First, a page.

You love your dog. You love spending time with your dog, so you know how important it is to train him, to do certain things and to avoid other behaviors.
Treats are a great way to reinforce positive behaviors with your furry best friend, but you also love your hands and fingers. Sometimes it just hurts to give a treat because dogs take it very hard. You probably have a list of things you need to teach your dog, but the order “Gentle” should be at the top of the list. This way, the treats will be safer for you and more effective for your dog.
If you’re lucky, your dog will already be soft in the mouth, as some are by nature. Nevertheless, you should be prepared to teach him or at least strengthen him.
First and foremost, make sure that learning the “soft” tail is done alone and not during or in conjunction with training sessions for other behaviors. Dogs can sometimes be quite intelligent and in some ways even appear human, but it is always best to teach only one thing at a time to avoid confusion or mix-ups between trainings that you may never be able to resolve.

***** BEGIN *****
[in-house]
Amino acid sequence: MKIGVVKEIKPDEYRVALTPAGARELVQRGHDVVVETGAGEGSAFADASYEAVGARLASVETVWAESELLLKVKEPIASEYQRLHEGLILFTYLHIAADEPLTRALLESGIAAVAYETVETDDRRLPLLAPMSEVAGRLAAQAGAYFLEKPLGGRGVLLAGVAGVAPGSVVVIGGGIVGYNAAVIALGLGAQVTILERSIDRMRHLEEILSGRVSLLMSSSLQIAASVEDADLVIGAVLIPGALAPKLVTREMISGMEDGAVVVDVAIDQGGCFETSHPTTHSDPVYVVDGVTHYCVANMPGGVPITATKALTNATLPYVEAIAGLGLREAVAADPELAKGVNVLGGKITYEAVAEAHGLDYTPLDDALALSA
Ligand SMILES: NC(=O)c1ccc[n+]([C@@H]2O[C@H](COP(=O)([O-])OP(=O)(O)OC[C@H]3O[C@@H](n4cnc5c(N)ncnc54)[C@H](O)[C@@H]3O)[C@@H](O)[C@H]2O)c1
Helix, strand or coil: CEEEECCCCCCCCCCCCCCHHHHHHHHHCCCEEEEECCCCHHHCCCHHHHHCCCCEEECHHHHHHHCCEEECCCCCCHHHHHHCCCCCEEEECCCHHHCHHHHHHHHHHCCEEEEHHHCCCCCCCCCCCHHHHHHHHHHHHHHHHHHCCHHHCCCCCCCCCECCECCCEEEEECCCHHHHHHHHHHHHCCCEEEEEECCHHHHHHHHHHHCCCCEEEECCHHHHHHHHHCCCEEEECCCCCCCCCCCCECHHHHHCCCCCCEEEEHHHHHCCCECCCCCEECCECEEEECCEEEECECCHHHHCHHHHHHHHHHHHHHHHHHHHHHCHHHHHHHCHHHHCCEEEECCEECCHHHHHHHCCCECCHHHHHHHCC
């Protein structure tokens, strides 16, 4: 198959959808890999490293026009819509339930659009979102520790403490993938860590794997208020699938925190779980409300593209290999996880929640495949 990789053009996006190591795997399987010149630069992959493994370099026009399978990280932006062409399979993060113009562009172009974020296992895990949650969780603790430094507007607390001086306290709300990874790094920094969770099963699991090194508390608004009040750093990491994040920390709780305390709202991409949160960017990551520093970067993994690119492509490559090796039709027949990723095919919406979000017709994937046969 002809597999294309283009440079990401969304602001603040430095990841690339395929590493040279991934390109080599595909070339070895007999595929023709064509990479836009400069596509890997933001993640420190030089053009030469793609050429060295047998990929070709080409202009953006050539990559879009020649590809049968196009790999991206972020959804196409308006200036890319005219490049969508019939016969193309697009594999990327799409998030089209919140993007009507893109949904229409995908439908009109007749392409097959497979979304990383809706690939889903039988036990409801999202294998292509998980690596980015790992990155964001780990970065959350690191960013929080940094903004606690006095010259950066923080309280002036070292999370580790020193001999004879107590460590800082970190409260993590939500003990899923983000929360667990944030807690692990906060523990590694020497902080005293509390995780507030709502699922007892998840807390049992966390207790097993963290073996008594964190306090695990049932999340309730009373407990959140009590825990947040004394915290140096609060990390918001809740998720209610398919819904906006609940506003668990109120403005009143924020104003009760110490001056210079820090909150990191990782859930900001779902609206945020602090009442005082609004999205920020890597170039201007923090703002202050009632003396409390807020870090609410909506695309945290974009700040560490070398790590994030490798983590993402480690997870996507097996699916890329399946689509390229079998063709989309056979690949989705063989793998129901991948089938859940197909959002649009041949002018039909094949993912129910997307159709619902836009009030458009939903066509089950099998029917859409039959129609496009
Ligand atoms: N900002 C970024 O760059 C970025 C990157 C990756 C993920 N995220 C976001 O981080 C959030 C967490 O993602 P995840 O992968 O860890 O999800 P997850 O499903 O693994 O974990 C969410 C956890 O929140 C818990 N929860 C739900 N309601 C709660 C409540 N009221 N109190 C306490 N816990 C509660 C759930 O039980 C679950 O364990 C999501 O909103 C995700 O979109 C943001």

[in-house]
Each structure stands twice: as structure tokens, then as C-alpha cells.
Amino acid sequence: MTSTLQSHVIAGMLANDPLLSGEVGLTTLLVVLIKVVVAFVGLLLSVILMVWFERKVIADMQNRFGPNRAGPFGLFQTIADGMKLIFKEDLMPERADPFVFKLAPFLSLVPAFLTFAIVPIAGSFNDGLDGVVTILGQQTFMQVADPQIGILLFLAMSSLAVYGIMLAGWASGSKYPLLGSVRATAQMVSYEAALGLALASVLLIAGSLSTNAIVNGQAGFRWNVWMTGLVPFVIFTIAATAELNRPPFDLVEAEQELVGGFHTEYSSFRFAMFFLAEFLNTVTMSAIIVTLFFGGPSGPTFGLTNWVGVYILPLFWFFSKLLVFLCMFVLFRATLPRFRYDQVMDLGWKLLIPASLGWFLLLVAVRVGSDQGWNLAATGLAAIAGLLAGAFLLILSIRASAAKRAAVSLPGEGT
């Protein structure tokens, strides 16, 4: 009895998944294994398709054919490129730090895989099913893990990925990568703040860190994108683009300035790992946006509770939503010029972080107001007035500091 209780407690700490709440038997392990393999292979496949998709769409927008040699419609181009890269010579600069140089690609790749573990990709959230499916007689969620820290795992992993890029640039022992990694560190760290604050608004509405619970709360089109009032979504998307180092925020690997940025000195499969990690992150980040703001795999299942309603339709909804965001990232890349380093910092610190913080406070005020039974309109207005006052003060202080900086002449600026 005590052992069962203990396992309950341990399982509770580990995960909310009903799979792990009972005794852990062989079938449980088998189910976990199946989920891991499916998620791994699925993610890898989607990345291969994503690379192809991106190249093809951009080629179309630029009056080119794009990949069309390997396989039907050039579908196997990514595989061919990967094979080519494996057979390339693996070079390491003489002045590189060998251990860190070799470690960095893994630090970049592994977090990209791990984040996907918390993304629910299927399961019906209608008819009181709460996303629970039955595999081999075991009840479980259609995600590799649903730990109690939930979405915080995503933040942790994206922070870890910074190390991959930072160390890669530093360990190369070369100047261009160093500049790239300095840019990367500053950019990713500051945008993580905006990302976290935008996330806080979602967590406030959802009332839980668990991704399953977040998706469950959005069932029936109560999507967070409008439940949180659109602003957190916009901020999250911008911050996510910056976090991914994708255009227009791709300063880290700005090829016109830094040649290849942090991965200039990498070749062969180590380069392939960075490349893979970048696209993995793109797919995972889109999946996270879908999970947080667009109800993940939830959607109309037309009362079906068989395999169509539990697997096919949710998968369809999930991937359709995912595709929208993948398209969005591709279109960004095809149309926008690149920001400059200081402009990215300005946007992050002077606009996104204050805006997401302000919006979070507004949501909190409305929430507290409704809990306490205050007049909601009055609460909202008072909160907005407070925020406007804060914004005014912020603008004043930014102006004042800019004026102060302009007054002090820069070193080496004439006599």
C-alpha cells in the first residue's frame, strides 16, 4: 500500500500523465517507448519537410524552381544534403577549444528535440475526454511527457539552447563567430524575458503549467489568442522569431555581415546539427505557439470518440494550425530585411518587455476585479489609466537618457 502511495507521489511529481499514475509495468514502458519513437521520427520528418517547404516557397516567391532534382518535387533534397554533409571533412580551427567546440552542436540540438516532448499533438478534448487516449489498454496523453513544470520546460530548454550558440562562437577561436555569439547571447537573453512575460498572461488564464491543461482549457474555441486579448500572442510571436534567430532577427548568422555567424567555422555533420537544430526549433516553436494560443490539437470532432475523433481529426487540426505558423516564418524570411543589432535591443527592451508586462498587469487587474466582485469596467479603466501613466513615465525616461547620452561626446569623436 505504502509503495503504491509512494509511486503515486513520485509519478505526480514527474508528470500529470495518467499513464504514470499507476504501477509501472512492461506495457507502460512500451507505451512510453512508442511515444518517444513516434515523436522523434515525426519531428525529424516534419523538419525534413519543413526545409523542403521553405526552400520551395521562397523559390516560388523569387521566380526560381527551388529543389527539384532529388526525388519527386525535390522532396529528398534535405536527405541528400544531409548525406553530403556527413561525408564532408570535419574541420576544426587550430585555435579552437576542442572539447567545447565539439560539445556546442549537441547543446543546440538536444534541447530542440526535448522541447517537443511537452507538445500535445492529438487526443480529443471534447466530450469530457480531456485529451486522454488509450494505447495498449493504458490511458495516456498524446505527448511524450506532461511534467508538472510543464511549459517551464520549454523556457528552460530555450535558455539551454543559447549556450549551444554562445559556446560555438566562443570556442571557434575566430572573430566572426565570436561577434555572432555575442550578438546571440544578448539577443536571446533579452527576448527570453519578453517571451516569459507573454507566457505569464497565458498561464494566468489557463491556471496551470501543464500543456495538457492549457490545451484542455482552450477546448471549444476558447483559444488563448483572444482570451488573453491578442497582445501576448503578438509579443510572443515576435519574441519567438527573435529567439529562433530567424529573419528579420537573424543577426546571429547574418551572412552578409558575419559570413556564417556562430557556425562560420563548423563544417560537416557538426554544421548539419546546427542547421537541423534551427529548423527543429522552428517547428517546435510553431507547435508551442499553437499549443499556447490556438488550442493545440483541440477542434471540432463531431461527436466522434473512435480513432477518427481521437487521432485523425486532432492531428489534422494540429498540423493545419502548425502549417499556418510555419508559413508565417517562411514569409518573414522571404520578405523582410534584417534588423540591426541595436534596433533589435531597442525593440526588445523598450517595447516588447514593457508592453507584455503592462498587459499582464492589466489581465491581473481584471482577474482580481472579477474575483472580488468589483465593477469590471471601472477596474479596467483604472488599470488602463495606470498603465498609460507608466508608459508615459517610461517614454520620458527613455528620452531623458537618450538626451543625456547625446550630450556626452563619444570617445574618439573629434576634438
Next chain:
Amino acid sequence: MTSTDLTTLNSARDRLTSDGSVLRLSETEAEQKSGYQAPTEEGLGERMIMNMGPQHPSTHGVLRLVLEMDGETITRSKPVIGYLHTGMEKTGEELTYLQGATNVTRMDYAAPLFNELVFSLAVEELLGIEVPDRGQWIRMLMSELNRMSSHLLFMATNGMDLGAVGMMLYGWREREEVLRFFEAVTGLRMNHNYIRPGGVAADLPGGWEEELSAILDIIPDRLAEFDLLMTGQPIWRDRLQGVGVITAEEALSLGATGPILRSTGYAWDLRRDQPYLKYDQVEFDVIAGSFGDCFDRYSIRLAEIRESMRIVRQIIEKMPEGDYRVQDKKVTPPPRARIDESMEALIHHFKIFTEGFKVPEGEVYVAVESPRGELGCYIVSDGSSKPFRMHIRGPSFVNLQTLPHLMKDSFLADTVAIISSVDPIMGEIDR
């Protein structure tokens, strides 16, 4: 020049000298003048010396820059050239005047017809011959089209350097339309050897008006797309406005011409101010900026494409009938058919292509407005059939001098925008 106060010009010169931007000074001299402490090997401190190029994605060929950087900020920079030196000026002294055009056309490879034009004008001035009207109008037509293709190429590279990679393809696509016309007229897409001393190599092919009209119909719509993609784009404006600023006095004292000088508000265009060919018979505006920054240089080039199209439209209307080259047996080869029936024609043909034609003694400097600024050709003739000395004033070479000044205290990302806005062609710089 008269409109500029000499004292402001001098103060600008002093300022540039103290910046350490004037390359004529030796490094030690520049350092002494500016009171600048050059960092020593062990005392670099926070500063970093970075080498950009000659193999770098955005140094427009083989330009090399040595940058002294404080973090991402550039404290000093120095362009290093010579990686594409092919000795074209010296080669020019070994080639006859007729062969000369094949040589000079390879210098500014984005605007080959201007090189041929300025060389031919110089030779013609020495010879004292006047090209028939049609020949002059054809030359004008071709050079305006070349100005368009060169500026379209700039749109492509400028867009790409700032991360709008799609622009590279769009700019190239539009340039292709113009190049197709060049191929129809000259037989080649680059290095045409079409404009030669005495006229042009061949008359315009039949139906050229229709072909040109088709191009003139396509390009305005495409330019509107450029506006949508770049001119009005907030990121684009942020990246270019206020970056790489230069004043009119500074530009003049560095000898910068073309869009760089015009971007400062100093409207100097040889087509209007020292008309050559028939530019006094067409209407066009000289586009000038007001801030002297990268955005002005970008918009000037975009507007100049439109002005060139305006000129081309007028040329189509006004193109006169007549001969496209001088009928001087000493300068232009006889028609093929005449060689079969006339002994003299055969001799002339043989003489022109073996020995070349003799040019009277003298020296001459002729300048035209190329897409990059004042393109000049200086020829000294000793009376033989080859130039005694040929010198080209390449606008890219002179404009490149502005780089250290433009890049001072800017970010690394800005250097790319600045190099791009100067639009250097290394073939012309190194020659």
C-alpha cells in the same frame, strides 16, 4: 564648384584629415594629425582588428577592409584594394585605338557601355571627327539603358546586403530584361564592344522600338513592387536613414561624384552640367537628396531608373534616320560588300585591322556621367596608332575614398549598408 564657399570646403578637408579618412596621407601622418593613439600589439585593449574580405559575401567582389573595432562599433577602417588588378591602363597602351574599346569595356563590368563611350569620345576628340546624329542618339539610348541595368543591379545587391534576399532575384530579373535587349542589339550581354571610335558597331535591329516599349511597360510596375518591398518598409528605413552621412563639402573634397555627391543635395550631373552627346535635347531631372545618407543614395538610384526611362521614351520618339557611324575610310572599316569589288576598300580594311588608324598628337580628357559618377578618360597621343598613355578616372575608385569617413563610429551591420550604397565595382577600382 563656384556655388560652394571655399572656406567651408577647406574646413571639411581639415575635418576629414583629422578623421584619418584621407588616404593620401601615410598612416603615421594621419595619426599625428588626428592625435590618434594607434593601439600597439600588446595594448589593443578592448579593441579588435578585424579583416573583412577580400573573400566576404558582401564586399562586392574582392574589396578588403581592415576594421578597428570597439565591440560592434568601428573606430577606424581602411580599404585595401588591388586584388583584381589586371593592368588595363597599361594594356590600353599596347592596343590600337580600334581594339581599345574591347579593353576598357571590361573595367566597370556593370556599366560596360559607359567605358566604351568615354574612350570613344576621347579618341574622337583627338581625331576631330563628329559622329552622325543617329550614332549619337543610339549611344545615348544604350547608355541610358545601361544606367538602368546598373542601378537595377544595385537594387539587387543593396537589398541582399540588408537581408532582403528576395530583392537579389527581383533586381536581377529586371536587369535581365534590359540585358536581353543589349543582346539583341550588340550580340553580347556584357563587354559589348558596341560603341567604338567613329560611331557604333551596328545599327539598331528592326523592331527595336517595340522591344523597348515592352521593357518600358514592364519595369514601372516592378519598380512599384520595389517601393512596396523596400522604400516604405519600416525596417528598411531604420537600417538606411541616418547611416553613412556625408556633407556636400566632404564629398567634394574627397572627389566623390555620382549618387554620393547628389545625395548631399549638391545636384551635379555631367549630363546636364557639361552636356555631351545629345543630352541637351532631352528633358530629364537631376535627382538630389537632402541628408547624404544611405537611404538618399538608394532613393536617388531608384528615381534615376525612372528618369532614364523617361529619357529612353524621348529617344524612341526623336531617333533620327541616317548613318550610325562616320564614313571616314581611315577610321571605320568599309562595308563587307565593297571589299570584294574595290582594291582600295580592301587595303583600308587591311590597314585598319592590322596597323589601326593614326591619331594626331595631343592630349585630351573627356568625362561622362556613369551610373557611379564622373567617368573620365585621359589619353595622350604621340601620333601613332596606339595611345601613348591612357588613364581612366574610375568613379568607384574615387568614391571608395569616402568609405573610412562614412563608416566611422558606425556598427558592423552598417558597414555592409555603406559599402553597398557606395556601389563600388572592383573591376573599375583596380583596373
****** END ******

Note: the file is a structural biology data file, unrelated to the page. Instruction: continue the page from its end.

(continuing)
Let your dog know from the start that there will be no treat at all if he does not gently take the treat out of your hand. Never allow a quick snap movement to succeed; your dog should never get used to receiving a treat, regardless of his behavior or energy.
When the first moment comes when you want to give your dog a treat, hold the treat in your hand but close your fist around the treat when you offer it. Your dog might bite your hand. Wear gloves or offer resistance, depending on your personal tolerances and your dog’s exact behavior.
Only when you stop biting and your dog moves on to licking or simply to a painless and/or gentle nibbling, say “Gently” by opening your palm and letting your dog receive the treat.
Say the signal every time you offer a treat, whether it is for training or for love and affection. Come back with your hand closed each time your dog has a relapse. Over time, your dog will respect your authority and leave your hands and fingers intact for other treats.